'Be the freedom generation,' said Pence at Stanford College Republicans event
In a wide-ranging speech during an event hosted by the Stanford College Republicans, former U.S. Vice President Mike Pence spoke about the January 6 Capitol insurrection, Donald Trump and critical race theory.
Former U.S. Vice President Mike Pence urged Stanford students to be “the freedom generation” at an event hosted by the Stanford College Republicans on the Stanford campus Feb. 17.
“In a word, you need to be the freedom generation and I know you will. But to do that you need to prepare your minds for action,” said Pence at an event held at Dinkelspiel Auditorium, titled “How to Save America from the Woke Left.”
Pence, who served as the 48th vice president of the United States from 2017 to 2021, called on students to read closely and ruminate on the country’s founding documents.
“I think every American should reflect on the words of the preamble of the Constitution. It’s kind of our to-do list,” he said. “Our government was created to establish justice, ensure domestic tranquility, provide for the common defense, promote the general welfare and secure the blessings of liberty for ourselves and our posterity.”
In his roughly 30-minute remarks, Pence reflected on the influence of more contemporary national leaders as well, particularly that of Ronald Reagan, who served as U.S. president from 1981 to 1989. “I signed up for the Reagan Revolution and have never looked back,” he said. Pence described Reagan as a “great disrupter,” and said he saw parallels between the backgrounds of Reagan – “a conservative outsider who vigorously opposed a moderate Republican establishment of his day” – and former President Donald Trump.
Introducing Pence was Sarah Olmstead, ’23, president of the Stanford College Republicans. “I had the pleasure of meeting the vice president my freshman year at Stanford. As a small-town girl from rural New Mexico, speaking with Vice President Pence led me to realize that we must fight for the values of faith, freedom and family as adamantly as he does, even in unpopular settings,” Olmstead said.
‘An evening full of duality’
Pence’s visit was met with some resistance among members of the Stanford community.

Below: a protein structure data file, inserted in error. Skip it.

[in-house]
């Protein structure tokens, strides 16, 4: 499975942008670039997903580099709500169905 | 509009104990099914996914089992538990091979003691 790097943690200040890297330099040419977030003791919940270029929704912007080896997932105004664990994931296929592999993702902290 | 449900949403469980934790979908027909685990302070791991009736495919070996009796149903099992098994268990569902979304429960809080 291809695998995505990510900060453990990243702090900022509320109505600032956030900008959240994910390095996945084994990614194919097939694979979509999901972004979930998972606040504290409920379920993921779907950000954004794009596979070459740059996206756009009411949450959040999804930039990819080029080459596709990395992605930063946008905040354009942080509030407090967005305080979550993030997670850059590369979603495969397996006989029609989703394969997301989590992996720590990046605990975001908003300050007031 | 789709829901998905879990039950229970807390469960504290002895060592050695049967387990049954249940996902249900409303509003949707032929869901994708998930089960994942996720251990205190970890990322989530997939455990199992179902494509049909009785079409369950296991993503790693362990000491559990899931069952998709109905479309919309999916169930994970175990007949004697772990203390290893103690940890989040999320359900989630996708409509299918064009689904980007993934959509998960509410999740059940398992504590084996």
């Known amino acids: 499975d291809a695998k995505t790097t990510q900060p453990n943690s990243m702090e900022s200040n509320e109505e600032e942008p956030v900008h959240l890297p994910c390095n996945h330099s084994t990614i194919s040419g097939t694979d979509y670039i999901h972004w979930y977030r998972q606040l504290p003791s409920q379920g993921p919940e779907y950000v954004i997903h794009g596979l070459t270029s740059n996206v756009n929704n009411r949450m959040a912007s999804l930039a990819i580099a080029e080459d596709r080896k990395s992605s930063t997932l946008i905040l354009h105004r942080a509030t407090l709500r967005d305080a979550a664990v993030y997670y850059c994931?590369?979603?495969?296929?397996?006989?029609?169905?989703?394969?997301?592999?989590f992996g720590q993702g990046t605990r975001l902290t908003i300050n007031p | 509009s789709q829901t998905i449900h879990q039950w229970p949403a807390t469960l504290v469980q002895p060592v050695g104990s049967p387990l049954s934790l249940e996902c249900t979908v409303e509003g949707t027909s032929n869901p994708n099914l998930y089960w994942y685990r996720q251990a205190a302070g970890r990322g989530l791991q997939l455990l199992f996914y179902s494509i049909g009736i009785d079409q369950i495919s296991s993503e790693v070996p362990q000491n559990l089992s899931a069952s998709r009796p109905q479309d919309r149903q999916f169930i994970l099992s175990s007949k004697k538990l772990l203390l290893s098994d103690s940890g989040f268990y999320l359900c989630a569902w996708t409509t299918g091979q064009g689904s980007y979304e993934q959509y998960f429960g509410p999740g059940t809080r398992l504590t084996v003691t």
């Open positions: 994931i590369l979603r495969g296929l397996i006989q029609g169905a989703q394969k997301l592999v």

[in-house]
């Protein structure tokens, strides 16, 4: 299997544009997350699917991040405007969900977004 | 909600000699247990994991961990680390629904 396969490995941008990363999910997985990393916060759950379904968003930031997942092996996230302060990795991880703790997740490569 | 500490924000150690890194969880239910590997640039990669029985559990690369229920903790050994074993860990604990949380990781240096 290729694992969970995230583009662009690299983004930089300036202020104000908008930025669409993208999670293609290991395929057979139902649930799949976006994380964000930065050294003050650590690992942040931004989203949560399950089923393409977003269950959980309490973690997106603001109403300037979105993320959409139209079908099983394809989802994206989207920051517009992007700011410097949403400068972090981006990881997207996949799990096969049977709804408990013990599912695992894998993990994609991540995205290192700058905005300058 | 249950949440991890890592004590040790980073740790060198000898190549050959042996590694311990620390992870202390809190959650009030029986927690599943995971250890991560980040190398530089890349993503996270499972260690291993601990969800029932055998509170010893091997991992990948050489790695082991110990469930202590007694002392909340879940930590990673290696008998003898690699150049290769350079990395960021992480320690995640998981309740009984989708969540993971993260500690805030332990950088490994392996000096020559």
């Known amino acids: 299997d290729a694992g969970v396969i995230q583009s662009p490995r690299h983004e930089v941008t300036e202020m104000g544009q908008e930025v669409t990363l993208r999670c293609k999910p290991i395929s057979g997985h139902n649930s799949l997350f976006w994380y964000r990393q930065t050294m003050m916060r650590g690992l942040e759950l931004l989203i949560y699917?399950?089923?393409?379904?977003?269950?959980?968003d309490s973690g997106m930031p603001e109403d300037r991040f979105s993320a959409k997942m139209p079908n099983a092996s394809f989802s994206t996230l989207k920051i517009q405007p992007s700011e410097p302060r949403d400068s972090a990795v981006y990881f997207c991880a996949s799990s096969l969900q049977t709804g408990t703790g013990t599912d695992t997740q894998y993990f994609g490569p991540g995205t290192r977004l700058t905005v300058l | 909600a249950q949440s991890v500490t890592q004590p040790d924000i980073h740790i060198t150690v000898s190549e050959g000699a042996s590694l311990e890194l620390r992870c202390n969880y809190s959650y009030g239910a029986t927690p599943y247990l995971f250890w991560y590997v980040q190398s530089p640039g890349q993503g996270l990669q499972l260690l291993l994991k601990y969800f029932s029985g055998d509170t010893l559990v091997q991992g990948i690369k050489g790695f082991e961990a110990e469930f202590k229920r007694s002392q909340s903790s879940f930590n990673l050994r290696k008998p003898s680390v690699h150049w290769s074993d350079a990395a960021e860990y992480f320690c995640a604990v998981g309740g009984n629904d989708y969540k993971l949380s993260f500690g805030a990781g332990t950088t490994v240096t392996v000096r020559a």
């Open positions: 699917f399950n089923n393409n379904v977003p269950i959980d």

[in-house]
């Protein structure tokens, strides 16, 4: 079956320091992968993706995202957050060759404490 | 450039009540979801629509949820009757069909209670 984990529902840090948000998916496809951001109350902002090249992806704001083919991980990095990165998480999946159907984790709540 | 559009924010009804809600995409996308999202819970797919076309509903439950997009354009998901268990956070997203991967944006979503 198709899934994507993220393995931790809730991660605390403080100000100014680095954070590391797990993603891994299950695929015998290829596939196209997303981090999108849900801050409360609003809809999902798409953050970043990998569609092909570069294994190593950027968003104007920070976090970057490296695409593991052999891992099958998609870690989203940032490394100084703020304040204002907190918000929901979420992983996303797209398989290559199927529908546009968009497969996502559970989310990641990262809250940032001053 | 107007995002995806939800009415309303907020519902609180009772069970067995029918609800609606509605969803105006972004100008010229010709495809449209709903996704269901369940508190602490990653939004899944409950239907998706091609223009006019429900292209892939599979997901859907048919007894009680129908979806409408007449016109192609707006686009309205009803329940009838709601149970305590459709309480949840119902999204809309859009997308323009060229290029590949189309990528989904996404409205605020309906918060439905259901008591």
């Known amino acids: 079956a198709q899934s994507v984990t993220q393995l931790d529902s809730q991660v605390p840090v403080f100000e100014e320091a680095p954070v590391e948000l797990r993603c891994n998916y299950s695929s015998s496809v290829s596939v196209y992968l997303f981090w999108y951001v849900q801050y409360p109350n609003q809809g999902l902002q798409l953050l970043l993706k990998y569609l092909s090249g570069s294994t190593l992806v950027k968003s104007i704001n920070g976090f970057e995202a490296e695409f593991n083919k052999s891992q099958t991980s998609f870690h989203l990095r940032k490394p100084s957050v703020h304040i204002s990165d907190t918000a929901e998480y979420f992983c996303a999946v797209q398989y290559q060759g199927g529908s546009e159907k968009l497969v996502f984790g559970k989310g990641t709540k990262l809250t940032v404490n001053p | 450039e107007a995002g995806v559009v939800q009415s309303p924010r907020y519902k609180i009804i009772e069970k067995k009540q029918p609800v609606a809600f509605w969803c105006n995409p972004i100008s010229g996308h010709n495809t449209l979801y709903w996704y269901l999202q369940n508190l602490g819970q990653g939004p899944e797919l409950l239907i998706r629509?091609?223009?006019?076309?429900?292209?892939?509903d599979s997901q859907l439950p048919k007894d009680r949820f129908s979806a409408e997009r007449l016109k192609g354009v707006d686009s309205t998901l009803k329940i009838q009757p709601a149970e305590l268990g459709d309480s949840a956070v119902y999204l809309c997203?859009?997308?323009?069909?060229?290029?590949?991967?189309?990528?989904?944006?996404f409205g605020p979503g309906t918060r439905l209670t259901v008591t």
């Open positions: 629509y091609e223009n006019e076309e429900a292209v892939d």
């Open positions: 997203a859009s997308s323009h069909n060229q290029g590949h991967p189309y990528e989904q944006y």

Outside Dinkelspiel Auditorium, Stanford students gathered in nearby White Plaza before the event to write protest phrases such as “Teach Ideas Not Hate” and “Stand Up 4 Love, Pence = Hate” in chalk on the ground and on cardboard signs. Leaders of the peaceful demonstration took up megaphones to lead the chanting crowd to barricades set up outside the auditorium.
Nelia Lechuga, ’25, said she protested the event “because Pence and the Pence-Trump administration have values that are against my family, that are against the reason we’re here. I do not agree with what he did with the country and the values that he so prominently displays. I’m here to speak out against that.”
Protesting is an important reminder for people to support and protect others, value each other’s identities, spread love and recognize the harm Pence and his administration has caused, she said.
Meanwhile, Rahsaan McFarland, ’25, said he attended tonight’s event for “perspective. Coming to an event like this, even if you may not agree with what Pence has to say, I feel like it’s an extremely unique opportunity for it to be held here at Stanford.”
McFarland said he hoped to learn more about “the inner workings of Pence, particularly removed from Trump – what he has to say versus more of what Trump has to say and the intersections between the two.”
“It’s an evening full of duality,” McFarland reflected. “We have this event here and we also have people protesting, which I fully support. … I feel Pence has some provocative standpoints politically and socially, so I feel like protest is warranted for an event like this given many of the comments Pence has made.”
As someone from England and Iran, with experience working in politics, Romy McCarthy, ’25, said she thought it would be politically interesting to hear Pence speak.
“I get why people are angry, but I’ve come from a foreign perspective where I just think I’m gonna learn more listening to him, even if I don’t agree with him, than sitting in my bed watching Netflix,” McCarthy said.